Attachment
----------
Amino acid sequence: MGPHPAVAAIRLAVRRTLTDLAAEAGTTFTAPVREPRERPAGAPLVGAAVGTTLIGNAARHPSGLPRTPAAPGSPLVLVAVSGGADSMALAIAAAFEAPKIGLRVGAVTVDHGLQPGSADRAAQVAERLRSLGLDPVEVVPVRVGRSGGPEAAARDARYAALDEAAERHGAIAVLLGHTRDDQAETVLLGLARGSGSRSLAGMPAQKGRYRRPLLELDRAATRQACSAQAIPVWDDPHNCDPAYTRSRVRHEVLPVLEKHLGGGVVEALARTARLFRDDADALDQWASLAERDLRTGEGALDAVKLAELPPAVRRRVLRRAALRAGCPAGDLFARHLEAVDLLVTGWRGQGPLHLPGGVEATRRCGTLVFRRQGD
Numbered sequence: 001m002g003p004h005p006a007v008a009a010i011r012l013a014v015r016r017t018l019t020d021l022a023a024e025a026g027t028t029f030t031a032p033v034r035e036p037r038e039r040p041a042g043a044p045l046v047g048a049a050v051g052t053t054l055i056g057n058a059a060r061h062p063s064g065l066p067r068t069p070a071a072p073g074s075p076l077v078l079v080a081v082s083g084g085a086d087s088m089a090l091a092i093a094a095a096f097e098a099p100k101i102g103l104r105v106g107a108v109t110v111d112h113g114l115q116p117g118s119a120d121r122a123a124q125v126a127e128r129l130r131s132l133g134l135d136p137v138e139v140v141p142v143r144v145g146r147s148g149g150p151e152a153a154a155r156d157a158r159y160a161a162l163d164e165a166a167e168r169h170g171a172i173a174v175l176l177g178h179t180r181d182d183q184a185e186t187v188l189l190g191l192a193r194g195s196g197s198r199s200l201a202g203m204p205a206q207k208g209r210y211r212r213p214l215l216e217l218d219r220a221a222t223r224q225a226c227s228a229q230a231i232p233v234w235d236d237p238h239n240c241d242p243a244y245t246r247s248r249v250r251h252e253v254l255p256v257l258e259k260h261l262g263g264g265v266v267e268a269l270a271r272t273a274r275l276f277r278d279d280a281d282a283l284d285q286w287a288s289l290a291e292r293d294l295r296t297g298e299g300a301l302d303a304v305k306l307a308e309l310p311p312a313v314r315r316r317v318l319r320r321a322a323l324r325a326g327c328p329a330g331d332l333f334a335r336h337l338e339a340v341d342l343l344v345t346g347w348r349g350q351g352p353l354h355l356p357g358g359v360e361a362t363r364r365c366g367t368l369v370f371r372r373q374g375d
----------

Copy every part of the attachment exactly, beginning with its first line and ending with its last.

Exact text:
Amino acid sequence: MGPHPAVAAIRLAVRRTLTDLAAEAGTTFTAPVREPRERPAGAPLVGAAVGTTLIGNAARHPSGLPRTPAAPGSPLVLVAVSGGADSMALAIAAAFEAPKIGLRVGAVTVDHGLQPGSADRAAQVAERLRSLGLDPVEVVPVRVGRSGGPEAAARDARYAALDEAAERHGAIAVLLGHTRDDQAETVLLGLARGSGSRSLAGMPAQKGRYRRPLLELDRAATRQACSAQAIPVWDDPHNCDPAYTRSRVRHEVLPVLEKHLGGGVVEALARTARLFRDDADALDQWASLAERDLRTGEGALDAVKLAELPPAVRRRVLRRAALRAGCPAGDLFARHLEAVDLLVTGWRGQGPLHLPGGVEATRRCGTLVFRRQGD
Numbered sequence: 001m002g003p004h005p006a007v008a009a010i011r012l013a014v015r016r017t018l019t020d021l022a023a024e025a026g027t028t029f030t031a032p033v034r035e036p037r038e039r040p041a042g043a044p045l046v047g048a049a050v051g052t053t054l055i056g057n058a059a060r061h062p063s064g065l066p067r068t069p070a071a072p073g074s075p076l077v078l079v080a081v082s083g084g085a086d087s088m089a090l091a092i093a094a095a096f097e098a099p100k101i102g103l104r105v106g107a108v109t110v111d112h113g114l115q116p117g118s119a120d121r122a123a124q125v126a127e128r129l130r131s132l133g134l135d136p137v138e139v140v141p142v143r144v145g146r147s148g149g150p151e152a153a154a155r156d157a158r159y160a161a162l163d164e165a166a167e168r169h170g171a172i173a174v175l176l177g178h179t180r181d182d183q184a185e186t187v188l189l190g191l192a193r194g195s196g197s198r199s200l201a202g203m204p205a206q207k208g209r210y211r212r213p214l215l216e217l218d219r220a221a222t223r224q225a226c227s228a229q230a231i232p233v234w235d236d237p238h239n240c241d242p243a244y245t246r247s248r249v250r251h252e253v254l255p256v257l258e259k260h261l262g263g264g265v266v267e268a269l270a271r272t273a274r275l276f277r278d279d280a281d282a283l284d285q286w287a288s289l290a291e292r293d294l295r296t297g298e299g300a301l302d303a304v305k306l307a308e309l310p311p312a313v314r315r316r317v318l319r320r321a322a323l324r325a326g327c328p329a330g331d332l333f334a335r336h337l338e339a340v341d342l343l344v345t346g347w348r349g350q351g352p353l354h355l356p357g358g359v360e361a362t363r364r365c366g367t368l369v370f371r372r373q374g375d